In North Dakota one can give legal notice by mail to a deceased individual, even though he long ago went to that great oil patch in the sky. It is something out of a Charles Dicken’s novel. You can communicate and give notice to the dead. A landowner seeking to claim mineral interests may recover the deceased’s mineral interests by giving notice by US mail to an address long ago abandoned — and legally so, according to the Dormant Mineral Act.
The North Dakota Supreme Court, in ruling on the Dormant Mineral Act, stated that “...no reasonable inquiry was required where the surface owner mailed the notice of lapse to the mineral interest owners' address which was of record in 2007, even though the mineral interest owners had died in 1980 and 1999, respectively.” When an individual who owned mineral interests in North Dakota dies, they and their heirs may be out of luck if death never kept up the “current address” in the county recorder’s office.
The Supreme Court in an important recent case called Capps also stated, “...the address of record need not be the mineral interest owner's correct address for the mailing of the notice of lapse to satisfy the statutory requirement.” In other words, a landowner may serve a notice to recover mineral interests by US mail when mailed to the deceased’s last address in the records and thereby obtain minerals formerly owned by the deceased.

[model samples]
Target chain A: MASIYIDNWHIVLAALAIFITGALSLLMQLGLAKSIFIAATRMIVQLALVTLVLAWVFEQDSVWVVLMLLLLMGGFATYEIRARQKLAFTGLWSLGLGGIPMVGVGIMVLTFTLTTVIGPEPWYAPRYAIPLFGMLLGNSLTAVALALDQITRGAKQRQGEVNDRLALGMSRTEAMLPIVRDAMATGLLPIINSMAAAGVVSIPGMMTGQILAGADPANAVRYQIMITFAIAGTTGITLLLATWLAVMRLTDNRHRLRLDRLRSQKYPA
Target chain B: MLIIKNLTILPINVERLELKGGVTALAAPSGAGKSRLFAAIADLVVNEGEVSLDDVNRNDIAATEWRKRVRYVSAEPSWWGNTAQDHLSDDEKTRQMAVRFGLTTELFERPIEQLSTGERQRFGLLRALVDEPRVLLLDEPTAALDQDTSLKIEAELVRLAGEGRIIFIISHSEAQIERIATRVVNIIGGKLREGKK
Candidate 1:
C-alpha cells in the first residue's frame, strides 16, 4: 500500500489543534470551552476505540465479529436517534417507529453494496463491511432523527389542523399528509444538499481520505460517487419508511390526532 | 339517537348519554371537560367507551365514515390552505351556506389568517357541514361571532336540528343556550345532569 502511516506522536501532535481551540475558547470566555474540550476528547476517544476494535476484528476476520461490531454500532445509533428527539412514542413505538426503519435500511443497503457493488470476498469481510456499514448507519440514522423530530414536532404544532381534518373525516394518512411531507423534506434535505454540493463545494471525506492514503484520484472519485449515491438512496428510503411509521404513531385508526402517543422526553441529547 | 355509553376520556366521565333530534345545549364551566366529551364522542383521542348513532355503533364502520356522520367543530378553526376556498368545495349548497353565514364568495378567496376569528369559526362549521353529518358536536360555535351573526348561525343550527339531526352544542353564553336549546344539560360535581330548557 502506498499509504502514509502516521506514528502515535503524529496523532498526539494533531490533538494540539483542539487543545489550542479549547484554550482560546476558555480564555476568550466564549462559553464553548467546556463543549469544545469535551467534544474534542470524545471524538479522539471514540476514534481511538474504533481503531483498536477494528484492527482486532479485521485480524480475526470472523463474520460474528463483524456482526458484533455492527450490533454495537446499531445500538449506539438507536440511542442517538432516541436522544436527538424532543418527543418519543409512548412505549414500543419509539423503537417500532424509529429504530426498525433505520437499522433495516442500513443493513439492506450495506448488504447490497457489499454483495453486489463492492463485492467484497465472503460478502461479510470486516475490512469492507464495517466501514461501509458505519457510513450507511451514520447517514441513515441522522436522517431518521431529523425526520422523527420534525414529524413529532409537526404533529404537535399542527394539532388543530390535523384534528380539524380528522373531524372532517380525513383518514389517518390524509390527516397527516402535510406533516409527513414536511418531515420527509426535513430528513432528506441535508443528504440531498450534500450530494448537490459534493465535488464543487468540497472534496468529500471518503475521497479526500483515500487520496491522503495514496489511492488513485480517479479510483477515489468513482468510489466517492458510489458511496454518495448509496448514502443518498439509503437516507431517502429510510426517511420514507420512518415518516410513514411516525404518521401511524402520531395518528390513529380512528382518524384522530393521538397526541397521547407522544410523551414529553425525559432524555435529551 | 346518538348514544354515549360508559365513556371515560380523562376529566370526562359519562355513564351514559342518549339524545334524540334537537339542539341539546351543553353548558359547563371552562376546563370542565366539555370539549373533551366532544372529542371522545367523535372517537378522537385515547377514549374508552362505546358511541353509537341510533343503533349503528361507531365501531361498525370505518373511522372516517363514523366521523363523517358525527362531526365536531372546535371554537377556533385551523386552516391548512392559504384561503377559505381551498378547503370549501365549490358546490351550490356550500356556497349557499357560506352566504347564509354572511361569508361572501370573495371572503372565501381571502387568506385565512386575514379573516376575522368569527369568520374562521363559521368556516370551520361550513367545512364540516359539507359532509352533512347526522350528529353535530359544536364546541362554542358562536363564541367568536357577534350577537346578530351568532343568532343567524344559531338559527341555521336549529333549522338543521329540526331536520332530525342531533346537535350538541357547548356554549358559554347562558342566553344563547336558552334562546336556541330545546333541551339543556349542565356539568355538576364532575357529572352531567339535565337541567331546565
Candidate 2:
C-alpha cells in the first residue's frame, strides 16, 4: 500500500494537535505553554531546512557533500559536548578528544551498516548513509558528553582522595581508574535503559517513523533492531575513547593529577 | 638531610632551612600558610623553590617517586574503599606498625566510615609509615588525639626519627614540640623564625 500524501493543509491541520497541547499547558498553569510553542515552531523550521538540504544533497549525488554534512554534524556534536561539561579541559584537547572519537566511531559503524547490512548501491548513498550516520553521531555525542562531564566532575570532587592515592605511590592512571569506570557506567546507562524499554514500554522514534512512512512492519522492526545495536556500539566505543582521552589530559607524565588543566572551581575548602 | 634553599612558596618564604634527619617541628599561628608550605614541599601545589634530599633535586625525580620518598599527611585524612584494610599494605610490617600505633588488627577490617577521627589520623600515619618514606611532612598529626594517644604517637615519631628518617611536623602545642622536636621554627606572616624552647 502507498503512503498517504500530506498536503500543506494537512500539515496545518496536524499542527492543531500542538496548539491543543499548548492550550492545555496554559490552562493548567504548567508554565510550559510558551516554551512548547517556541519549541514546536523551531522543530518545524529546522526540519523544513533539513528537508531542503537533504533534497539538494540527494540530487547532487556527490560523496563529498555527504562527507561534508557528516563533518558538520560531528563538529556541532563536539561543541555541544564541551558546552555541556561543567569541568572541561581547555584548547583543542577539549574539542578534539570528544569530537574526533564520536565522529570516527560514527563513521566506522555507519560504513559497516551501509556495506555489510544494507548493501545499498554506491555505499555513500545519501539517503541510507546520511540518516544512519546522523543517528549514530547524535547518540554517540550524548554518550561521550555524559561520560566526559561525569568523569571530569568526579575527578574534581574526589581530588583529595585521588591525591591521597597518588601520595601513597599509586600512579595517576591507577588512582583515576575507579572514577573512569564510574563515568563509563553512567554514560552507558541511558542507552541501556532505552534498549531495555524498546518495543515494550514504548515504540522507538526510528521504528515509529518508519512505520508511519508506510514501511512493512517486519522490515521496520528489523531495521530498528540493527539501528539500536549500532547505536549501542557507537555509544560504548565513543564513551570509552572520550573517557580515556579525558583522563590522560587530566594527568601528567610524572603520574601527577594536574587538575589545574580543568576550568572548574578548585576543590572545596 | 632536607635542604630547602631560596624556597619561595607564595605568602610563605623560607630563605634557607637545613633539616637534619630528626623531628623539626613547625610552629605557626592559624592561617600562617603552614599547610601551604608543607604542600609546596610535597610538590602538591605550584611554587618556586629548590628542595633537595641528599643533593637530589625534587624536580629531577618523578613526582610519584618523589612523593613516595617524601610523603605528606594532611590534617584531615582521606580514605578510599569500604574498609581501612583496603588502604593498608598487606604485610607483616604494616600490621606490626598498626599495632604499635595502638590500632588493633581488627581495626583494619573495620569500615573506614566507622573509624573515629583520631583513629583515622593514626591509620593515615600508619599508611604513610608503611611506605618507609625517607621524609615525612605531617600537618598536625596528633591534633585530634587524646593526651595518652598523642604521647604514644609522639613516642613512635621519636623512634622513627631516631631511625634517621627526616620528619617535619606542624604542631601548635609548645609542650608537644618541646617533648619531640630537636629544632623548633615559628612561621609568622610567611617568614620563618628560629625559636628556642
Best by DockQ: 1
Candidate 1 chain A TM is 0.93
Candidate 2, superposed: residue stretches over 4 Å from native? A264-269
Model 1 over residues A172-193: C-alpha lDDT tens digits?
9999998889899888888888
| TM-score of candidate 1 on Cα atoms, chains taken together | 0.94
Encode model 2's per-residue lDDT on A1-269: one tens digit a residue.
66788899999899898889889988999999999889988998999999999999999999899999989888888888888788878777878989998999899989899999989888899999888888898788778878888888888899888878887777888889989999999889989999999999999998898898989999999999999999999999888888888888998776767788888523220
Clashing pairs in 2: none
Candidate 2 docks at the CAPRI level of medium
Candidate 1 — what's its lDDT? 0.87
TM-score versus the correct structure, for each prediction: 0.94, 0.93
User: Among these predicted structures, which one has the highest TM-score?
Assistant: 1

Both the legislature and the courts are attempting to make it easier for surface owners to clear title and reclaim lost mineral rights. The Supreme Court in Capps held that “this Court made it clear that when the mineral interest owners of record are deceased, the notice must still be mailed to the address of the deceased owners of record.” In my practice I have done this. The postman must think I am nuts. This rule derives from the intent to encourage mineral development and extraction.
The Court ruled that the surface owner was not required to conduct a reasonable inquiry into an actual address of a mineral owner even when the owner knew they were deceased. The Court determined that it was immaterial whether the surface owner had actual knowledge of the death of the party notified by mail the party who was the record owner of the mineral interests and the person to whom the statutory notices had been mailed. The Court stated that any heirs of the deceased would have received notice if the deceased had recorded notice of their current addresses. The Court also held that the constitutional safeguards of due process and adequate notice do not apply to the non-litigation Dormant Mineral Act used by the landowners in the Capps case.
The Capps case illustrates the growing body of law that makes it easier to develop and reclaim mineral rights.
David Ganje of Ganje Law Offices practices in the area of natural resources, environmental and commercial law in South Dakota and North Dakota. The website is Lexenergy.net